Analyze the “New” Anthem
by Diana Maliszewski
Media literacy can be most impactful when the media texts chosen for study are items that students interact with daily, often without much consideration.
The Canadian national anthem, “O Canada”, is just such a media text. Asking pertinent questions that promote critical thinking can lead to fascinating insights. Some of these questions are borrowed from Michelle Solomon’s blog post, which stemmed from a conversation she had with her young daughter (see http://www.mssolomon.com/node/82 for the original post).
- Why do we sing / hear “O Canada” in school every day?
- What is an anthem? How does it differ from a “regular” song?
Read the words without the music.
- What does it say about Canada?
- What does it say about what it means to be Canadian?
- Who is included in the text? How do the words unite Canadians?
- Who might feel excluded? How do the words divide Canadians?
Listen to the music without the words.
- How does the music make you feel?
- How are pitch, rhythm, and melody used?
- How do different musical versions change the anthem?
The Canadian national anthem became a newsworthy item in February 2018 because the federal government introduced a bill that passed that altered the words of the first verse of the English language lyrics to make them gender neutral: replacing “in all thy sons command” (which itself was a replacement for the original 1908 version “in all thy dost command”) with “in all of us command”.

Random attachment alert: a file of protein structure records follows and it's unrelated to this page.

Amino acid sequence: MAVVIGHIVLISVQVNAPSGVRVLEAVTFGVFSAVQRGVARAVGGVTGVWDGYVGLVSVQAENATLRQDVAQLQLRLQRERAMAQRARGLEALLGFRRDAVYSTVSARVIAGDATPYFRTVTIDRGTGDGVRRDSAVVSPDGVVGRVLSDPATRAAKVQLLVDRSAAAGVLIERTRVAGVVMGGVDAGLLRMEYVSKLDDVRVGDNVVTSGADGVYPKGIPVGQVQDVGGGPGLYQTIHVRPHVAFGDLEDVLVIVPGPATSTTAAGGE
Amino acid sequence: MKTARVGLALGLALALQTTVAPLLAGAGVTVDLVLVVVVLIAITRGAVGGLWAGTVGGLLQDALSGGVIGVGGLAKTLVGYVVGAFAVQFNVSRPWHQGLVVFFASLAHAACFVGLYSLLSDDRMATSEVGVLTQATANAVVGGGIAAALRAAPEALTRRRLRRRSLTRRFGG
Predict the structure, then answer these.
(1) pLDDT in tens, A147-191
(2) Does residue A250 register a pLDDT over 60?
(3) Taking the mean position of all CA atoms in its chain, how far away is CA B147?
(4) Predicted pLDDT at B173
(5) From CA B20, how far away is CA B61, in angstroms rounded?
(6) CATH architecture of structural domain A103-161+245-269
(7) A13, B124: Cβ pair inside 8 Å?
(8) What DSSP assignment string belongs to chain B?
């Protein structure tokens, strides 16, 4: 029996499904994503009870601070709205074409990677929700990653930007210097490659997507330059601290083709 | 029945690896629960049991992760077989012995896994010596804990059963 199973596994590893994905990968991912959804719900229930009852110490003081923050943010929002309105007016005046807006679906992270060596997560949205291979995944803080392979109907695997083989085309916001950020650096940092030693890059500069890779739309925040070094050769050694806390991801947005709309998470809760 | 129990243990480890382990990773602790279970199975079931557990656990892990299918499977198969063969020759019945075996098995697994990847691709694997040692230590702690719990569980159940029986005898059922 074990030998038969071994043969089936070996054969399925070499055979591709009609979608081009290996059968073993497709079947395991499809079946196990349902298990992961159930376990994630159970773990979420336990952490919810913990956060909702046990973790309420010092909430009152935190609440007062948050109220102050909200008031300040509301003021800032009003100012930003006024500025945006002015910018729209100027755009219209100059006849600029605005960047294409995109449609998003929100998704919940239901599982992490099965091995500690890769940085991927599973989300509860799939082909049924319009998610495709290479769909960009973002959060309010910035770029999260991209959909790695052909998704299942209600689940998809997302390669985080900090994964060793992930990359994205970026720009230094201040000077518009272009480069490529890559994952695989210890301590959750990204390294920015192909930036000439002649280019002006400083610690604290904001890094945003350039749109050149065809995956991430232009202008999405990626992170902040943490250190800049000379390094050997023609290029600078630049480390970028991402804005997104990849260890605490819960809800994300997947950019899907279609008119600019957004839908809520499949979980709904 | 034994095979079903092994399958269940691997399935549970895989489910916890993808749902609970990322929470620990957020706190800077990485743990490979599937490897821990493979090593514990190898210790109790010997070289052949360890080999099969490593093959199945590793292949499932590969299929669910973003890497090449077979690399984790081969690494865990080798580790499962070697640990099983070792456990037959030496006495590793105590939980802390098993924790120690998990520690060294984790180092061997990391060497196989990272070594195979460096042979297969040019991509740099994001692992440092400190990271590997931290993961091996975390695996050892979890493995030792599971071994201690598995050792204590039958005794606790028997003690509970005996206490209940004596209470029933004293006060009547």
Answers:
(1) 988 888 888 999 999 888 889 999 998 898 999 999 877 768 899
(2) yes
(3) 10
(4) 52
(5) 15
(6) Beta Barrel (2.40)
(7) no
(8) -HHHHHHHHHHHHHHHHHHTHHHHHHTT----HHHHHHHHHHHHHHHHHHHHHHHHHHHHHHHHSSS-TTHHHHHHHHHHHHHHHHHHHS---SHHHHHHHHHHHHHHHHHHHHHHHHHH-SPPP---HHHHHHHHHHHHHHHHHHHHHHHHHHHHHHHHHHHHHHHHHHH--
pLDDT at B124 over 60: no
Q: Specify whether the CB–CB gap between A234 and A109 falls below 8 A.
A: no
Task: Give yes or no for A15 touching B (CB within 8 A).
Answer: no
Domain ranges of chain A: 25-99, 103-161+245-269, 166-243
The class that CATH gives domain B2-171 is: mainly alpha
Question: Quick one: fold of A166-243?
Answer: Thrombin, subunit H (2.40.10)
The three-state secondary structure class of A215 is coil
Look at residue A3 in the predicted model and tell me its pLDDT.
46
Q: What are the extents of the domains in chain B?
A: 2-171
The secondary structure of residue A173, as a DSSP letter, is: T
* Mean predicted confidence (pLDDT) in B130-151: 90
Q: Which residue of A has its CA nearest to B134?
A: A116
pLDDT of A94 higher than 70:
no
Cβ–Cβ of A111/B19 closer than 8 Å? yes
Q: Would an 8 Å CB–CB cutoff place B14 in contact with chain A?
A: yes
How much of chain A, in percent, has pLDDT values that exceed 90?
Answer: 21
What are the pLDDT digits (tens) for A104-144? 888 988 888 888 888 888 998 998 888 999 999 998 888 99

The decision stirred a lot of public reaction, both for and against the decision. On the social media platform, Twitter, the hashtags #InAllOfUsCommand and #InAllThySonsCommand trended. A caution to educators interested in using some of the tweets from these hashtags – many of them are unsuitable for classroom viewing because of the profanity. A great follow-up question can be “Why are people so passionate about this particular change?” (If you are interested in using some tweets as part of the discussion, a few have been compiled in a Google Slides document for your use, that will be posted to AML in the near future.)
Another angle that might be useful when examining “O Canada” might be to compare the French and English lyrics, the often-unsung second and third stanzas, and/or to compare the anthem to the land acknowledgement (also known as the Treaty Acknowledgement or Acknowledgement of Traditional Lands) that is read in many Ontario schools. What are the main messages? How many students can recite the anthem (French or English), compared to the acknowledgement? An interesting article about the acknowledgement can be read at https://www.newyorker.com/culture/culture-desk/canadas-impossible-acknowledgment .
- All media are construction
- Audiences negotiate meaning in the media
- Media contain ideological and value messages
- Media have social and political implications
consider devoting a class discussion or media lesson to this important topic.
(These ideas can be applied to both elementary and secondary classrooms – ed.)